Author: Mary G. Thompson
Publication Date: January 3, 2017
Publisher: Clarion Books
Genre: Dystopian YA, fantasy
Source: Rockstar Book Tours, Netgalley
Find it: Amazon, Barnes & Noble, iBooks, Goodreads
When invisible people become tricksters and then murderers, Myra’s Flickerkin heritage becomes a deadly secret, putting her relationship with the leader’s son—and her own life—in jeopardy. Loyalties shift and difficult choices are made before Myra understands who she wants to be.
I picked up this book expecting it to be a supernatural coming-of-age adventure story like City of Bones or The Vampire Academy. Instead, Flicker and Mist is less supernatural adventure and more political suspense – and its theme of ‘otherness’ was less whimsically magical and more bitingly realistic.
The plot explores the paranoia of a small town who realizes that non-human ‘Flickerkin’ live among them. Paranoia is quickly followed by a witch hunt of mixed-race families and the hyper-focused, slow burn of their systematic persecution.
Smack in the middle of this powder keg we find our heroine Myrna. She’s a mixed-race daughter of a powerful Councilman, but not even her political privilege can save her from the populist hatred of Flickerkin. This becomes all the more urgent when Myrna realizes that she has the power to Flicker (become invisible) and must hide it from her community lest she be punished by death.
Thematically, Flicker and Mist was a frightening allegory for the resurgence of anti-Muslim and immigrant rhetoric this past election. It serves as an uncomfortable magnifying lens on human hatred and bigotry, without seeming overwrought with those themes.
Much of the heaviness of the social commentary is balanced by Myrna’s teenage voice and experiences. Her priorities seem extremely warped, e.g. when she’s worrying about a riding competition and a crush when her mother is being tortured.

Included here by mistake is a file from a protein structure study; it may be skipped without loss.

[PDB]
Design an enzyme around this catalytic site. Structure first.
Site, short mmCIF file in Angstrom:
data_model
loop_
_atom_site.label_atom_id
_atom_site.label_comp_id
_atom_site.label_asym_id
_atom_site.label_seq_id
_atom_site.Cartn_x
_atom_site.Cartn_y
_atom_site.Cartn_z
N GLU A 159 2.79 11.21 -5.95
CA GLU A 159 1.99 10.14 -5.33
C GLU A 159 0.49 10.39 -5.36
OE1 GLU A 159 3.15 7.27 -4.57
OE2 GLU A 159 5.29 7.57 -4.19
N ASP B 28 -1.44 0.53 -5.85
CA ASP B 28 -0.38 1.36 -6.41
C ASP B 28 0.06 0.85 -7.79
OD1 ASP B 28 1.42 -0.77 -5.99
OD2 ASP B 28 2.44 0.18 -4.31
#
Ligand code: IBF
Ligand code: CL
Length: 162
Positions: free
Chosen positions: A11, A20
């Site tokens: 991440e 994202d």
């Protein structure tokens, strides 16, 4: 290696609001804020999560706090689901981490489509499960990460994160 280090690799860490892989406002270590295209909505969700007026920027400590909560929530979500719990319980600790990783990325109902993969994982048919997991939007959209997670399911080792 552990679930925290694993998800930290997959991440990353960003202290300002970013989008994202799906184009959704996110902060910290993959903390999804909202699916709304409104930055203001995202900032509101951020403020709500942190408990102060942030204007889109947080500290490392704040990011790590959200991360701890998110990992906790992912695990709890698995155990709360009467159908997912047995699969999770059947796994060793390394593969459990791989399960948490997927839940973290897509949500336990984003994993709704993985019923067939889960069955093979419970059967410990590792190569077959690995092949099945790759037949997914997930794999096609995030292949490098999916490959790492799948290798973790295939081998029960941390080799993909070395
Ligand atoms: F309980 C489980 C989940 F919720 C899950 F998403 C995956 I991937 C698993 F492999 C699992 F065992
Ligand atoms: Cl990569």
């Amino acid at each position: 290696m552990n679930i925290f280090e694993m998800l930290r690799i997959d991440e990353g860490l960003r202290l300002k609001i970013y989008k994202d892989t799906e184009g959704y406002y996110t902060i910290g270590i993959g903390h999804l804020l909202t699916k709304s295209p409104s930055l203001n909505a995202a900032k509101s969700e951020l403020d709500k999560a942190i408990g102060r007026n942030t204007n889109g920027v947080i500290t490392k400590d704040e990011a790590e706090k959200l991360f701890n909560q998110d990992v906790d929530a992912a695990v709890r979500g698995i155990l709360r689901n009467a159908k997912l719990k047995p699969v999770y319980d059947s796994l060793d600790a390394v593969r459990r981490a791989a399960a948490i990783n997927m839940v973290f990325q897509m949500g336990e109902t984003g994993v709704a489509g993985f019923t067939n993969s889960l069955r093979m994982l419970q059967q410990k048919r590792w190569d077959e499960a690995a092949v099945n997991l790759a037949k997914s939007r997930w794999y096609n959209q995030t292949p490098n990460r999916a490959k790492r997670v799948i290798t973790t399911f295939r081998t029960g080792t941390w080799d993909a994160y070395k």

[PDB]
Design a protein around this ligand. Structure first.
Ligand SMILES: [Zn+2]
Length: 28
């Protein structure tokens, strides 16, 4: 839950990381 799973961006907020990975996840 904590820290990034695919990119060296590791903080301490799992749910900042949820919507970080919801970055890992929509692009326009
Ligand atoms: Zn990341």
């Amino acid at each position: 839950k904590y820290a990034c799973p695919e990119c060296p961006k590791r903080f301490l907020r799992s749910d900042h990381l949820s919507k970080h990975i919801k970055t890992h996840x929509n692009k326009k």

Tonally, the YA perspective on this tragedy didn’t work for me, mostly because I kept getting frustrated with Myrna’s simplistic worldview and inability to sense the danger around her. The girl has zero sense of self-preservation. Then again, this innocence is also what makes the story unique, because other female heroines have been portrayed so hardened and tactical that they no longer maintain any relatable traits of a teenager other than their supposed age (lookin’ at you, Katniss Everdeen).
Unlike most heroines, she doesn’t attempt to fight back against the unjust regime or flee from it, but rather she simmers with it swirling all around her. She’s the frog in a pot of water, slowly heating up. She never jumps out, even when it’s boiling. She actually doesn’t do much of anything- she doesn’t have a lot of agency or power in this society, and her character development is minimal and reactive to tragedy surrounding her. Myrna underreacts to social injustice, even when it’s targeting her.
Overall, Flicker and Mist is an unexpected addition to the genre with a fresh take on suspenseful social commentary. It’s no adventuresome romp, but the slow swirling of discontent around the main character makes for an atmospheric read, even if it’s light on plot or character development. It subverts the typical ‘accept yourself’ lessons of the genre and goes for something deeper about human nature’s fear of ‘otherness,’ and that’s what makes it successful.
3 winners will receive a signed finished copy of FLICKER AND MIST, US Only.
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About The Author
Mary G. Thompson was raised in Cottage Grove and Eugene, OR. She was a practicing attorney for more than seven years, including almost five years in the US Navy, and is now a law librarian in Washington, DC. She received her BA from Boston University, her JD from the University of Oregon, and her MFA in Writing for Children from The New School.
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